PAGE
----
4 ACS Australia’s Digital Pulse 20195 Coursera Global Skills Index 2019

    https://www.acs.org.au/insightsandpublications/reports-publications/digital-pulse-2019.htmlhttps://www.coursera.org/gsi

  • THE TALENT OF STAYING RELEVANTExperience was once the mainstay of employment, now it’s relevance. Future skills expert Fiona Anson at the University of Technology Sydney discusses upskilling throughout your career and how to stay relevant in a world of change.

    Why is there an increasing emphasis on relevance over experience in careers?

    The future of work is changing every day. And especially in the startup sector, some roles are so new that how long someone has been doing the job can’t be the key metric anymore. Take for instance AI, natural language processing, machine learning, or cyber-security, longevity and experience isn’t something you can look for because these jobs haven’t existed for long enough.

    So how should new graduates and mid-career executives navigate a future of work landscape that is changing so fast?

    You could say the best defence is continued skills renewal. It’s about re-skilling and staying on top of what is current in your field. Change is leading the market in every area and employers are looking for how quickly you can adapt. You’ve got to stay on top of what’s going on right now, and especially for new graduates entering the workforce, their career is likely to switch track many times. They’ll be expected to seamlessly adapt

    to new technologies and techniques, or change professions as jobs are automated or possibly disappear.

    What roles do you see, especially in the startup sector, that might be in high demand now and might be threatened in the future?

    The number one is software developers, they are in really high demand right now. However, there’s a lot of work being done in artificial intelligence which could mean in the not too distant future you won’t need a developer, you’ll just tell the AI what you need and it will build the software. So while they’re in demand now, that’s a job down the track that we may see the demand for drop. Anything that can be automated is potentially under threat at the moment.

    So, if you are a software developer, what else should you be thinking about to stay relevant?

    One thing artificial intelligence can’t quite do is that real creative problem solving, so any up-skilling that focuses on solving problems in new ways is a great place to start. AI and automation is all about the rote work - things that can be repetitive. A software developer could think about moving sideways into software architecture or into a role requiring more critical thinking. They’re the roles that are growing in demand. To put it simply, it’s the jobs where you need to identify problems

    and think critically about how you’re going to solve them, not just what you’re going to do day-to-day, that will be in really high demand.

    How are universities such as UTS responding to offer smart and flexible options for anyone, at any time in their career, to up-skill or re-skill?

    UTS is already known for designing pioneering innovation and entrepreneurship degrees and for working side by side with industry. The startup ecosystem needs a pipeline to develop talent but also higher education partners to up-skill professionals throughout their career. This means universities need to adapt and offer new approaches to learning that are flexible and to personalise learning experiences. At UTS we talk about the importance of lifelong learning. That means offering a suite of new options from ‘stackable’ degrees to bite-sized microcredential courses to short courses. Think of it like a menu for ‘always on learning’. You can design learning to suit your needs or career path and to dip back into courses when you need to up-skill.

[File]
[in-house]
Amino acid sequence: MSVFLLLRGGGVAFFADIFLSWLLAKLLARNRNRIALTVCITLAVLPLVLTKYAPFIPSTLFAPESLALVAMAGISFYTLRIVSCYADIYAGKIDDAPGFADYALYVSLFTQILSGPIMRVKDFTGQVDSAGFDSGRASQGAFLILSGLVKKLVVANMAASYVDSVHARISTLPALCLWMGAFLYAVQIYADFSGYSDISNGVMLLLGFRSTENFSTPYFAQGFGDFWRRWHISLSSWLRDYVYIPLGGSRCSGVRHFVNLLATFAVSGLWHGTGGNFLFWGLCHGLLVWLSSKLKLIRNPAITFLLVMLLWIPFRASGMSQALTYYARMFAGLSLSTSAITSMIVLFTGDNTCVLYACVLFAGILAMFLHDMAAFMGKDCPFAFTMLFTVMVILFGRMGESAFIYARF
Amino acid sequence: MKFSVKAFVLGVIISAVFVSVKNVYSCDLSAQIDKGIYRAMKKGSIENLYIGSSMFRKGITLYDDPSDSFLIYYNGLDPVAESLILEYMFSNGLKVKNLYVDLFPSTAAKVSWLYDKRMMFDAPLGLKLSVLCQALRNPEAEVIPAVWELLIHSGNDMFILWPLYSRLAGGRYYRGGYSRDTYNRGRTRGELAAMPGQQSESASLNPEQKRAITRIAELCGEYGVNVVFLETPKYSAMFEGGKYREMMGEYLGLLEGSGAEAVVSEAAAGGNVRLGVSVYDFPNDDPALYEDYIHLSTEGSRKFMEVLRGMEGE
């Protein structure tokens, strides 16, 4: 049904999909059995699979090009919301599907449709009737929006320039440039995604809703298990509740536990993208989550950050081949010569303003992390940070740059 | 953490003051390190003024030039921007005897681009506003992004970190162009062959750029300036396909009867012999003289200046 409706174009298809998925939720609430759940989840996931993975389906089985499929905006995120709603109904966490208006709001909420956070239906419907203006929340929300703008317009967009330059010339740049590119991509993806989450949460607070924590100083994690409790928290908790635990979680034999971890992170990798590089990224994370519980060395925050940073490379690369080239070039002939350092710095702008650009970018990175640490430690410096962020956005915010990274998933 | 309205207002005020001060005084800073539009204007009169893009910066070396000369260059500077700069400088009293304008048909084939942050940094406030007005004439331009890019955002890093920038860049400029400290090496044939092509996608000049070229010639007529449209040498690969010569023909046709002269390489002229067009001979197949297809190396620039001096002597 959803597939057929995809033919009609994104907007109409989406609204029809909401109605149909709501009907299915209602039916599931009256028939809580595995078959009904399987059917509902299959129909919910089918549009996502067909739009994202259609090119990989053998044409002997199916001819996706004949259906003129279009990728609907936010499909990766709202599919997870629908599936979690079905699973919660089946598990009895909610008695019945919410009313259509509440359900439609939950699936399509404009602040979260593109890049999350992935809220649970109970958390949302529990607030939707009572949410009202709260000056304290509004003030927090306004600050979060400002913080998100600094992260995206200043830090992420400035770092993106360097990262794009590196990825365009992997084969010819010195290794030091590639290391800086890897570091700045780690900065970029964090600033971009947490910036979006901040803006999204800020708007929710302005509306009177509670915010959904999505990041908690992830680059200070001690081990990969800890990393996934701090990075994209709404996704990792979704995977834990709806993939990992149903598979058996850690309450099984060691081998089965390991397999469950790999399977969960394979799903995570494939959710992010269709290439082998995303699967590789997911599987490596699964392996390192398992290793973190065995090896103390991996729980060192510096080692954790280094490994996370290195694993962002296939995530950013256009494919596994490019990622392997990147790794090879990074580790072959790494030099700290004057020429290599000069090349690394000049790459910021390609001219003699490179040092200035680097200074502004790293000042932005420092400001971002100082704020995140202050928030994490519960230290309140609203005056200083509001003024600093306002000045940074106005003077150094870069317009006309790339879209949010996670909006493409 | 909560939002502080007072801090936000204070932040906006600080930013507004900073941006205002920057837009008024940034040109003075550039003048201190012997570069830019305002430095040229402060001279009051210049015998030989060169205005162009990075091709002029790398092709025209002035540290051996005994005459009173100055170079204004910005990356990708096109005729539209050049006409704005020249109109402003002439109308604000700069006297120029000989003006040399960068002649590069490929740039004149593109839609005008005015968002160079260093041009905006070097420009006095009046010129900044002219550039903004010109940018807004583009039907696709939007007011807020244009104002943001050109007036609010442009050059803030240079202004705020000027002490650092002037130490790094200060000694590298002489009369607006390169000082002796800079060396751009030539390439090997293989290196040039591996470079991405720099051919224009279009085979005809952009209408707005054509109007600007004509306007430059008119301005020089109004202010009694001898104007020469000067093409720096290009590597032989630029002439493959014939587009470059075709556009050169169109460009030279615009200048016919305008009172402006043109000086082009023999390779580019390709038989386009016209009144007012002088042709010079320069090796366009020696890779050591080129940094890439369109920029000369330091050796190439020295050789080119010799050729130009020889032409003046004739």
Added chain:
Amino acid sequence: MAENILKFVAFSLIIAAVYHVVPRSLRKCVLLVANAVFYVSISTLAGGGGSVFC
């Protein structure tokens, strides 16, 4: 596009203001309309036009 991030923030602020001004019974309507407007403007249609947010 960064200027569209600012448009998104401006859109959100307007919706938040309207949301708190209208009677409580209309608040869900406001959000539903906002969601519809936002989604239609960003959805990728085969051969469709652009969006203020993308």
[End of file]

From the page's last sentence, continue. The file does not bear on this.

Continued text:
Looking ahead, what advice do you have for startup founders about the talent they employ and nurture?

    Startups are all about change. They can disrupt something, change something or solve a problem. That’s an incredibly dynamic environment. At the end of the day, startups employ people, and people are looking for fulfilment. One of the ways they get fulfilment is by being challenged, and you can do that through learning opportunities. Startups need to embrace the commitment to helping their people continually learn. Career development opportunities attract talented staff. People also want to work in places that satisfy their curiosity and you do that by exposing people to learning and by encouraging people to learn.

    Fiona Anson leads Enterprise Learning at UTS Innovation and Entrepreneurship

    SPONSOR CONTENT

  • QUALIFICATIONS FOR THE FUTURE OF WORK UTS is known for its pipeline of highly talented students and graduates embedded in the startup ecosystem who live and breathe next generation businesses.

    The Master of Business Administration in Entrepreneurship (MBAe) at UTS is designed for entrepreneurs and innovators, and offers students a flexible and modular structure of study while developing their own entrepreneurial or innovation project. The integrated modules of the MBAe are also available as individual Graduate Certificates in Commercialisation, Entrepreneurship, and Venture Acceleration. Or, for anyone with any undergraduate degree who wants to spend a year developing a their own startup, UTS offers a unique one year Bachelor of Entrepreneurship (Honours).